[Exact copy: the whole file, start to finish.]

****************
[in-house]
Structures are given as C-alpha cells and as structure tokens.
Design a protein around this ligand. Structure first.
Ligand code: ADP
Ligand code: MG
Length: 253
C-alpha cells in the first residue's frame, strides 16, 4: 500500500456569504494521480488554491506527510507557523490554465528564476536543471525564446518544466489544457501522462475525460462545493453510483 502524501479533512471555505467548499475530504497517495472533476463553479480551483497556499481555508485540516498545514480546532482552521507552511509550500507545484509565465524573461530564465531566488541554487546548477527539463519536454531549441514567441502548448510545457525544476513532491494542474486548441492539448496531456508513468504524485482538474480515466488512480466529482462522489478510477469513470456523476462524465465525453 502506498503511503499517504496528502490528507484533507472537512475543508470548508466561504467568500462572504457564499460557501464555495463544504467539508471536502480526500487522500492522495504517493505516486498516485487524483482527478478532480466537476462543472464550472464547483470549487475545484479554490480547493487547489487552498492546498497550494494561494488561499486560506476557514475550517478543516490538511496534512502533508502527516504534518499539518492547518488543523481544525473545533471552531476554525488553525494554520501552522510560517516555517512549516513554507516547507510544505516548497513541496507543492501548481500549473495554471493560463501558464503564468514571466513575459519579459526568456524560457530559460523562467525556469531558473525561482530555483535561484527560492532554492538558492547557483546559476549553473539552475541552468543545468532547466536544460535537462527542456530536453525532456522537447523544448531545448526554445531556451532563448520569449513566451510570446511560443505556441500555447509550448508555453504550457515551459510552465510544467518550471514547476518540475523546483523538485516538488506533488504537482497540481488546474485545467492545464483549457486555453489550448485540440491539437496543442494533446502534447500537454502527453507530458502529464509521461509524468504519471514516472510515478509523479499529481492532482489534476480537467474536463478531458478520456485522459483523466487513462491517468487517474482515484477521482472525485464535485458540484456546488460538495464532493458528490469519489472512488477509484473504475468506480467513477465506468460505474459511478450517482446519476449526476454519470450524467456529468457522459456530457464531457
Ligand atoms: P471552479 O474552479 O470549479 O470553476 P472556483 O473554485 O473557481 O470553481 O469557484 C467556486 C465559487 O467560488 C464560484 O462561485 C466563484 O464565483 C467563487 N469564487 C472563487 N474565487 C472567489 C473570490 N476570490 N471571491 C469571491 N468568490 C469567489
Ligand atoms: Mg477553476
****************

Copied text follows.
[in-house]
Structures are given as C-alpha cells and as structure tokens.
Design a protein around this ligand. Structure first.
Ligand code: ADP
Ligand code: MG
Length: 253
C-alpha cells in the first residue's frame, strides 16, 4: 500500500456569504494521480488554491506527510507557523490554465528564476536543471525564446518544466489544457501522462475525460462545493453510483 502524501479533512471555505467548499475530504497517495472533476463553479480551483497556499481555508485540516498545514480546532482552521507552511509550500507545484509565465524573461530564465531566488541554487546548477527539463519536454531549441514567441502548448510545457525544476513532491494542474486548441492539448496531456508513468504524485482538474480515466488512480466529482462522489478510477469513470456523476462524465465525453 502506498503511503499517504496528502490528507484533507472537512475543508470548508466561504467568500462572504457564499460557501464555495463544504467539508471536502480526500487522500492522495504517493505516486498516485487524483482527478478532480466537476462543472464550472464547483470549487475545484479554490480547493487547489487552498492546498497550494494561494488561499486560506476557514475550517478543516490538511496534512502533508502527516504534518499539518492547518488543523481544525473545533471552531476554525488553525494554520501552522510560517516555517512549516513554507516547507510544505516548497513541496507543492501548481500549473495554471493560463501558464503564468514571466513575459519579459526568456524560457530559460523562467525556469531558473525561482530555483535561484527560492532554492538558492547557483546559476549553473539552475541552468543545468532547466536544460535537462527542456530536453525532456522537447523544448531545448526554445531556451532563448520569449513566451510570446511560443505556441500555447509550448508555453504550457515551459510552465510544467518550471514547476518540475523546483523538485516538488506533488504537482497540481488546474485545467492545464483549457486555453489550448485540440491539437496543442494533446502534447500537454502527453507530458502529464509521461509524468504519471514516472510515478509523479499529481492532482489534476480537467474536463478531458478520456485522459483523466487513462491517468487517474482515484477521482472525485464535485458540484456546488460538495464532493458528490469519489472512488477509484473504475468506480467513477465506468460505474459511478450517482446519476449526476454519470450524467456529468457522459456530457464531457
Ligand atoms: P471552479 O474552479 O470549479 O470553476 P472556483 O473554485 O473557481 O470553481 O469557484 C467556486 C465559487 O467560488 C464560484 O462561485 C466563484 O464565483 C467563487 N469564487 C472563487 N474565487 C472567489 C473570490 N476570490 N471571491 C469571491 N468568490 C469567489
Ligand atoms: Mg477553476